Grover Cleveland (1885-89 and 1893-97) has the distinction of being the first two-term president not to serve consecutive terms. During his first term, his daughter Ruth had a candy bar named after her (“Baby Ruth”). During his second term, another daughter, Esther, was the first (and so far only) President’s child to be born in the White House.

Benjamin Harrison (1889-93) was the last president to wear a beard. On Harrison’s watch, electric wiring was installed throughout the White House, making electric lights (and electric shavers) possible.

THE TWENTIETH CENTURY

William McKinley (1897-1901) is considered the first “modern president.” He led the winning side of the Spanish-American war, traveled the nation extensively by train, and made the White House the communications center of Washington D.C. by holding regular press conferences thereby shifting the spotlight from Congress to the Presidency. He was assassinated in the first months of his second term. After this, it was no longer possible to stroll the White House grounds or walk through the front door and shake the President’s hand. Those days were over.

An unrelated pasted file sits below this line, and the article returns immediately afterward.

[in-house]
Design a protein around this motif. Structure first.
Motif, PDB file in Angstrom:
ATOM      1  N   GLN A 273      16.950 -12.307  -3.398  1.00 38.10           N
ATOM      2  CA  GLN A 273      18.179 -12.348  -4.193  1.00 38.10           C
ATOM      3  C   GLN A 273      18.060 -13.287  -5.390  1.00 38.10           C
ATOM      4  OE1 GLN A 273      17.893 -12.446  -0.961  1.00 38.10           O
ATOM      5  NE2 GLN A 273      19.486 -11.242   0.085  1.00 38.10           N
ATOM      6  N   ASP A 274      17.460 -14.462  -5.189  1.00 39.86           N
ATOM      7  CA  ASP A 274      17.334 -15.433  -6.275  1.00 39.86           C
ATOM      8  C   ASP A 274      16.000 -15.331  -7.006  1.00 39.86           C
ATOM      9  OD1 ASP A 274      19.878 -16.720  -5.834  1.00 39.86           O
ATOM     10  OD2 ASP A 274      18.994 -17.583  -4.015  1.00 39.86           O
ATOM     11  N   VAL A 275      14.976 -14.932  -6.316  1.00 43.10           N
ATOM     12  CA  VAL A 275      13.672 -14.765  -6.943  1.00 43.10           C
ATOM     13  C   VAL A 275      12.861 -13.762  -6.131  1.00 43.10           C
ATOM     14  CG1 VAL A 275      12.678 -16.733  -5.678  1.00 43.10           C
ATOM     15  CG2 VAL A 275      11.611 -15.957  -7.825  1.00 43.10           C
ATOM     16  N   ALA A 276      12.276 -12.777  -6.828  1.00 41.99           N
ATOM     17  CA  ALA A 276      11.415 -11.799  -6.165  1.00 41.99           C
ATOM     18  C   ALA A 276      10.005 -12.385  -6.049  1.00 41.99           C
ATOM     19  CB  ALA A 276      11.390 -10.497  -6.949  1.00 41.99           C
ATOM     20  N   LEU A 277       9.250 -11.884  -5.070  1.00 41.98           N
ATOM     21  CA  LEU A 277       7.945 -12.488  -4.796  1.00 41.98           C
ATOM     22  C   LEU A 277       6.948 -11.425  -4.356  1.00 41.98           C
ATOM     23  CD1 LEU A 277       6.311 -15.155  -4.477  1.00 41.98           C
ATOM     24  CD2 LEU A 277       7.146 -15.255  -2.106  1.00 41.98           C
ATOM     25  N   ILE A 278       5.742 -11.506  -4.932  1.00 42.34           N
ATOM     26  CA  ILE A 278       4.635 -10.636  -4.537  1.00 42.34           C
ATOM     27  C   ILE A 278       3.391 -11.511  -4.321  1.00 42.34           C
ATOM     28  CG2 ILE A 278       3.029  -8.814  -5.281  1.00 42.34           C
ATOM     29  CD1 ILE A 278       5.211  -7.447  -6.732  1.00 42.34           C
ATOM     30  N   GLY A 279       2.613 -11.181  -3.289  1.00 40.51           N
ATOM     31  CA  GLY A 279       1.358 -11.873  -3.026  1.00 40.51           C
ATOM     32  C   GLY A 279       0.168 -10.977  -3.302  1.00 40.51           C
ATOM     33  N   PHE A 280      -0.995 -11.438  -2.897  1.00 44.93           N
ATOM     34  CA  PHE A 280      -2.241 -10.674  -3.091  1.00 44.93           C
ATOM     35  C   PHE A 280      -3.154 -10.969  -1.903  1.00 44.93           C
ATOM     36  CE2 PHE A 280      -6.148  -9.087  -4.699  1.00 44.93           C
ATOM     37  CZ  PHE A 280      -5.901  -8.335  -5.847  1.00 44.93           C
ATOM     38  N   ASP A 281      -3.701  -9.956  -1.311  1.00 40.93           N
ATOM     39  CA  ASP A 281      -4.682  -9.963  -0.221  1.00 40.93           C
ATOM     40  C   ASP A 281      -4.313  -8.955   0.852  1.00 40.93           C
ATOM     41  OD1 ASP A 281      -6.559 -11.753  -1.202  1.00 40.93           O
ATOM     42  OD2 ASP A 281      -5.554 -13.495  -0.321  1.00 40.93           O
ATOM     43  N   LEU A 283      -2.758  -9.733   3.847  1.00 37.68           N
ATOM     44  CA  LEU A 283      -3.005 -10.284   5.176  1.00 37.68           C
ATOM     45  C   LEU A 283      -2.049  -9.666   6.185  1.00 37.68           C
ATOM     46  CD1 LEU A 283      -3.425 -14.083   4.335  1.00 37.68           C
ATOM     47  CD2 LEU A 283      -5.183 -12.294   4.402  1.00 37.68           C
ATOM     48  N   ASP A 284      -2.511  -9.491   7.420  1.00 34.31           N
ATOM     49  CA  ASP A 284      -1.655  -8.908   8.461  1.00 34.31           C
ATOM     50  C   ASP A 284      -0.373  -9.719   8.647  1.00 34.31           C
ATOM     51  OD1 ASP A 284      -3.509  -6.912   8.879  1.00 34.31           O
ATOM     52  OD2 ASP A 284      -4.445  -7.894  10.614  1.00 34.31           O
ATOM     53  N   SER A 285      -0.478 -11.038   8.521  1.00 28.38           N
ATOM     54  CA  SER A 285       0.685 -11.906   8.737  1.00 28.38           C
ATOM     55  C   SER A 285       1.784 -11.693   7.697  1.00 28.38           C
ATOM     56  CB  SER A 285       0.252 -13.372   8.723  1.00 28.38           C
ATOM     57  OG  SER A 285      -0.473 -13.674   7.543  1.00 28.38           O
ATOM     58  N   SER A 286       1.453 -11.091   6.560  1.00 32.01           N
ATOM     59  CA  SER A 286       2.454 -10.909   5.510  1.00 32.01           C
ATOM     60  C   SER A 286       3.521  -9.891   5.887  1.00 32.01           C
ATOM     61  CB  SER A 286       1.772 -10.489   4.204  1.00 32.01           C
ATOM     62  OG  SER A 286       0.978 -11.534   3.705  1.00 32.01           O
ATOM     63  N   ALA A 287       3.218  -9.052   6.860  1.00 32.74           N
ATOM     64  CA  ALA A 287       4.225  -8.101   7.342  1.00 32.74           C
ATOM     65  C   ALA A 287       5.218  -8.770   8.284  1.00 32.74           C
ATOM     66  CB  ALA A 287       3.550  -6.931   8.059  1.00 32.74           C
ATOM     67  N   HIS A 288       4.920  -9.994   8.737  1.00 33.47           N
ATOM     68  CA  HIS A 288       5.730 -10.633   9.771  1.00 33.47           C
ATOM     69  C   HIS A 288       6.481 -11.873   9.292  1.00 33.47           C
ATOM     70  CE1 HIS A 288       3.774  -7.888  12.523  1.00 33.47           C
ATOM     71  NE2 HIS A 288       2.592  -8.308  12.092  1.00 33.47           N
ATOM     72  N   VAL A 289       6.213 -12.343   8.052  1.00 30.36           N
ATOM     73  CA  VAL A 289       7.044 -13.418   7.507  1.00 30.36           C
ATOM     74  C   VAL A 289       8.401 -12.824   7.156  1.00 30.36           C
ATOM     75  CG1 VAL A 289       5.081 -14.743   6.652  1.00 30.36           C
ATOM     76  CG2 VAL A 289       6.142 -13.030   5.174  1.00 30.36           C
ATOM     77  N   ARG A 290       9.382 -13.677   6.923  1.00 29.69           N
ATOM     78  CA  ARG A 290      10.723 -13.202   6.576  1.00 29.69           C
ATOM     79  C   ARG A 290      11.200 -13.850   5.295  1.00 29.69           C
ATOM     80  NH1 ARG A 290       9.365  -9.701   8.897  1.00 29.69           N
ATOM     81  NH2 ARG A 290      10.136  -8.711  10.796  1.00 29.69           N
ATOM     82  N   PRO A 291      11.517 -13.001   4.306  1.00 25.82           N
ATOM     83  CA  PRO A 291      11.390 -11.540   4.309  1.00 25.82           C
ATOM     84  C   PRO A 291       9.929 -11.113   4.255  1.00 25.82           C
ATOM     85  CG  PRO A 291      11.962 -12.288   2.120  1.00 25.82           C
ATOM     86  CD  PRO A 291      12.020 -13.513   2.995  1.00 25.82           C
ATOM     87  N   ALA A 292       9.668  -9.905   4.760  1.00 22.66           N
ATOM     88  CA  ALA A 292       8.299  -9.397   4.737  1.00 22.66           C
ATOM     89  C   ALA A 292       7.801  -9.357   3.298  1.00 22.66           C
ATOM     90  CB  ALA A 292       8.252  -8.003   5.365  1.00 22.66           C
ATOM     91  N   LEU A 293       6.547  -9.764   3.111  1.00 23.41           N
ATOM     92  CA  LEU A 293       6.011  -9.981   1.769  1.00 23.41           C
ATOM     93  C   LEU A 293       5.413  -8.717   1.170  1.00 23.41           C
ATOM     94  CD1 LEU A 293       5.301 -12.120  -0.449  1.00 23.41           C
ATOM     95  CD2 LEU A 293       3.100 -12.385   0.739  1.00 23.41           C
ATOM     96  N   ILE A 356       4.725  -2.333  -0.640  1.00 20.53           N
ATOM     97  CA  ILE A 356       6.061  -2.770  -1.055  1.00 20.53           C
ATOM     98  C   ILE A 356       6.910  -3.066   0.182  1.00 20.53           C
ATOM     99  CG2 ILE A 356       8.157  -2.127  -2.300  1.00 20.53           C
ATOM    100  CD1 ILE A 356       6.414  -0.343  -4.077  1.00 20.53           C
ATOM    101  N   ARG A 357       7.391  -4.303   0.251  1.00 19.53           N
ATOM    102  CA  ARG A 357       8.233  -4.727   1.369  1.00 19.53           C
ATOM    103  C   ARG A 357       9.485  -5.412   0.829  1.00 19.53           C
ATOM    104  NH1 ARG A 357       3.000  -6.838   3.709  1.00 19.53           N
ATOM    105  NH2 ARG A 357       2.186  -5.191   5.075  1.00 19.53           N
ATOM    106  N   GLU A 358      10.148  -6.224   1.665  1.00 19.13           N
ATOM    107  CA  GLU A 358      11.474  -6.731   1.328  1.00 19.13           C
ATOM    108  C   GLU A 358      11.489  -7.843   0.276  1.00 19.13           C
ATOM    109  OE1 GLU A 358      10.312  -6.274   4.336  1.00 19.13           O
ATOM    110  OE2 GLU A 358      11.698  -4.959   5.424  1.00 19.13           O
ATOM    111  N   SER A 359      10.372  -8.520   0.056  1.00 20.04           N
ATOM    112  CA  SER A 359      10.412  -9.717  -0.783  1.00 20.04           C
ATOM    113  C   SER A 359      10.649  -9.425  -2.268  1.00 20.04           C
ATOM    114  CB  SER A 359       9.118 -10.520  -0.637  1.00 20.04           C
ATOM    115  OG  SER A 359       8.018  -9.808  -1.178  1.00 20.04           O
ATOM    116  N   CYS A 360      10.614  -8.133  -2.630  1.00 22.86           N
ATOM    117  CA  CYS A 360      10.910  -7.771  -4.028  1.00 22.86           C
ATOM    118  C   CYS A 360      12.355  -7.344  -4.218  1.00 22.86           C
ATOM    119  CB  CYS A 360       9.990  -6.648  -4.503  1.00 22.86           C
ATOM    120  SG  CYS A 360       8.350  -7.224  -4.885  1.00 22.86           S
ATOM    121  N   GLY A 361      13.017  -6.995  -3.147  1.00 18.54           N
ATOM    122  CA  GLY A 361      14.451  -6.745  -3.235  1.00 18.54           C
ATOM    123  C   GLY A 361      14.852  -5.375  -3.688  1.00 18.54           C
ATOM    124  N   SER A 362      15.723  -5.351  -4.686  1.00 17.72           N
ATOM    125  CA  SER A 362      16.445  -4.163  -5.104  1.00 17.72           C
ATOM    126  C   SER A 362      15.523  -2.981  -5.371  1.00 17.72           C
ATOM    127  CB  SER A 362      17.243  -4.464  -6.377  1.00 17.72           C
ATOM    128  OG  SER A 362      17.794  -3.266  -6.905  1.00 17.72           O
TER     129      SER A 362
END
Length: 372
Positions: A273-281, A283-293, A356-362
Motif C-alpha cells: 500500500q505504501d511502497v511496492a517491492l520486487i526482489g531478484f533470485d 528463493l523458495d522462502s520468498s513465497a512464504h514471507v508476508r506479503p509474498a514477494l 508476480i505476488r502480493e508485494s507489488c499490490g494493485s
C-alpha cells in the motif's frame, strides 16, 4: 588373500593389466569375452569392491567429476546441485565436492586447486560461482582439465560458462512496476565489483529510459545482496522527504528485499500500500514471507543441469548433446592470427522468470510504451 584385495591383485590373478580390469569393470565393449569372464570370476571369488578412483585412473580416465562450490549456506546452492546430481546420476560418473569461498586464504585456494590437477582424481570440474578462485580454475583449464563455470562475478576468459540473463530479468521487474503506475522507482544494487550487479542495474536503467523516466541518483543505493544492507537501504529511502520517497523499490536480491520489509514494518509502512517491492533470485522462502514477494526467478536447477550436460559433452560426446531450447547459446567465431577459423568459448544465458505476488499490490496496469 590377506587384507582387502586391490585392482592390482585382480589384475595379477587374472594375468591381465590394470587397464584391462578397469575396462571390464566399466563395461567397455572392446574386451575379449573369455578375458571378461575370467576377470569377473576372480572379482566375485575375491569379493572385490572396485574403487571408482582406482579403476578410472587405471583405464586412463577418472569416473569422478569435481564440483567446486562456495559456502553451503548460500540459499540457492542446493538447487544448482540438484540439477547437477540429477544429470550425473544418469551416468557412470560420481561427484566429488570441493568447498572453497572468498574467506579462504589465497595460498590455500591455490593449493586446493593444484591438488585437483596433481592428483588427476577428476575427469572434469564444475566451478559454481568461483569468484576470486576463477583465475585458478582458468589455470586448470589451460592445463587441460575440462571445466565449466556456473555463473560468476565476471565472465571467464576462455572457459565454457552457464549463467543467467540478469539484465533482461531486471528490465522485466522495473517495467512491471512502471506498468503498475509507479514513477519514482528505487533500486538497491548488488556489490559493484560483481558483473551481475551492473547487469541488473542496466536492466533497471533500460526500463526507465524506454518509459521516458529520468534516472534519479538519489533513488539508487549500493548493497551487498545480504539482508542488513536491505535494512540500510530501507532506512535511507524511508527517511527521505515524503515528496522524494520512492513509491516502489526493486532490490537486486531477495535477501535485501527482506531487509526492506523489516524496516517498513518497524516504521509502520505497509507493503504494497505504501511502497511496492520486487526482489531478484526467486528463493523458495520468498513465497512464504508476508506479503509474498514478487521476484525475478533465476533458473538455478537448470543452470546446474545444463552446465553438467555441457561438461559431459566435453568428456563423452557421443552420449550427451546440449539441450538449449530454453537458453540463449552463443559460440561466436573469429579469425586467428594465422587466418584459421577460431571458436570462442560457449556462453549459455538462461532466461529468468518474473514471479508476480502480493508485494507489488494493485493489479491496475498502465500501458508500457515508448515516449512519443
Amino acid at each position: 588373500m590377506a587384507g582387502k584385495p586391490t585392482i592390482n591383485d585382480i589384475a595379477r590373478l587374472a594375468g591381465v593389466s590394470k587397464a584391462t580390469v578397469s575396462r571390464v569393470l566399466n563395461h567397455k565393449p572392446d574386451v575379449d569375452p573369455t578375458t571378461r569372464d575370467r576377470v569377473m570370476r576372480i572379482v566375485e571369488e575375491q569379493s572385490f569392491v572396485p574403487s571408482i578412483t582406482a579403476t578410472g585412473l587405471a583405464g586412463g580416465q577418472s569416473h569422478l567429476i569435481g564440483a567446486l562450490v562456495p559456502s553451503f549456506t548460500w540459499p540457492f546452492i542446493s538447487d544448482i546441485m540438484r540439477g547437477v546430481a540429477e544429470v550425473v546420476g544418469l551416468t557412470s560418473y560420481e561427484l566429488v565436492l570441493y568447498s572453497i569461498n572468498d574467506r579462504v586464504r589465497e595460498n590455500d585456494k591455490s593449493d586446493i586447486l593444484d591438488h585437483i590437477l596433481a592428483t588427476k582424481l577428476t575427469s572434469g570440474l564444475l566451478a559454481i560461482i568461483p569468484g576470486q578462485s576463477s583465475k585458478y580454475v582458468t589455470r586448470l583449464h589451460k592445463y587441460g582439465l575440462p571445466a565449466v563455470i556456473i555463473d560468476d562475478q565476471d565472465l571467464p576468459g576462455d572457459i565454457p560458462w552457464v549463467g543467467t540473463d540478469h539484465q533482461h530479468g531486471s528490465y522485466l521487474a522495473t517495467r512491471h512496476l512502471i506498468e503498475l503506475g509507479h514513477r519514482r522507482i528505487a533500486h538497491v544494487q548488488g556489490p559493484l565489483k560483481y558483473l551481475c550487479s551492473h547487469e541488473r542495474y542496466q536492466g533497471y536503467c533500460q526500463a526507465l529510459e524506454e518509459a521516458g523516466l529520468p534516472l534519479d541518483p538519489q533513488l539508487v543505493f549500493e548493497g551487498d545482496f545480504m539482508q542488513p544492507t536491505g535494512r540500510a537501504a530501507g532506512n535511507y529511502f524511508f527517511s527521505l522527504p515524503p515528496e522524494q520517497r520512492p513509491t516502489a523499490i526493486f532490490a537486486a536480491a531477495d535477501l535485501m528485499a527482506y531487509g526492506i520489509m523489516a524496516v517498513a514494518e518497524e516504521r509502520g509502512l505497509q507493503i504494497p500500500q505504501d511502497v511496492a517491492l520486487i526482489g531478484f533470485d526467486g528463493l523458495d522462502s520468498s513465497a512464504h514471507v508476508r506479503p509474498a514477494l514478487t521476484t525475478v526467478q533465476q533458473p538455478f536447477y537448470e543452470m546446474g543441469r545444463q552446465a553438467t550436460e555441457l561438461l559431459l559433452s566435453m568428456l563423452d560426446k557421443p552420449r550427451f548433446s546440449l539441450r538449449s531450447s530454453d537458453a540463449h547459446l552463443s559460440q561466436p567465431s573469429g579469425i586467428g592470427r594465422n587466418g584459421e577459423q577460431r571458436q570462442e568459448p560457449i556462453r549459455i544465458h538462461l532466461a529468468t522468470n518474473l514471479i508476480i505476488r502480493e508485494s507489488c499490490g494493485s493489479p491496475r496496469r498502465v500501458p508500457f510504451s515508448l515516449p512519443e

When Theodore Roosevelt (1901-1909) entered office, the President’s House, as it was known, was one hundred years old. According to Mrs. Roosevelt, the house was dark and dismal and had soot-darkened ceilings. The upstairs bedrooms, she said, were akin “to living over a store.” The overcrowded offices were separated from the living quarters by a glass screen. Pleading cramped space and no privacy, Roosevelt got Congress to appropriate $540,000 to remodel the house and to build the West Wing extension in place of the now-dilapidated Buchanan greenhouse. Roosevelt had the words “White House” printed on presidential stationary which caught on with the press and forever after the house at 1600 Pennsylvania Avenue has been known as “The White House.” One afternoon, Roosevelt saw the press standing outside in the rain and invited them in and, as they story goes, they never left. Ever vigorous, Roosevelt was the first president to ride in a car, fly in an airplane, and plunge beneath the sea in a submarine. A lover of the great outdoors, he placed into the public trust 230 million acres of land, creating scores of national parks, forests, and monuments.

William Howard Taft (1909-1913) had a tough act to follow and, some would say, didn’t try. He much preferred his next job, as Chief Justice of the U.S. Supreme Court (1921-30). As president, he enjoyed listening to music on the graphonola, an early version of the record player: arias of Puccini’s operas sung by Enrico Caruso were a particular favorite; he also favored the music of a young upstart named Irving Berlin. He oversaw the purchase of the first motorized presidential limousine and had the carriage house and stables converted into a garage. “(Mine was) a very humdrum, uninteresting administration,” he said later.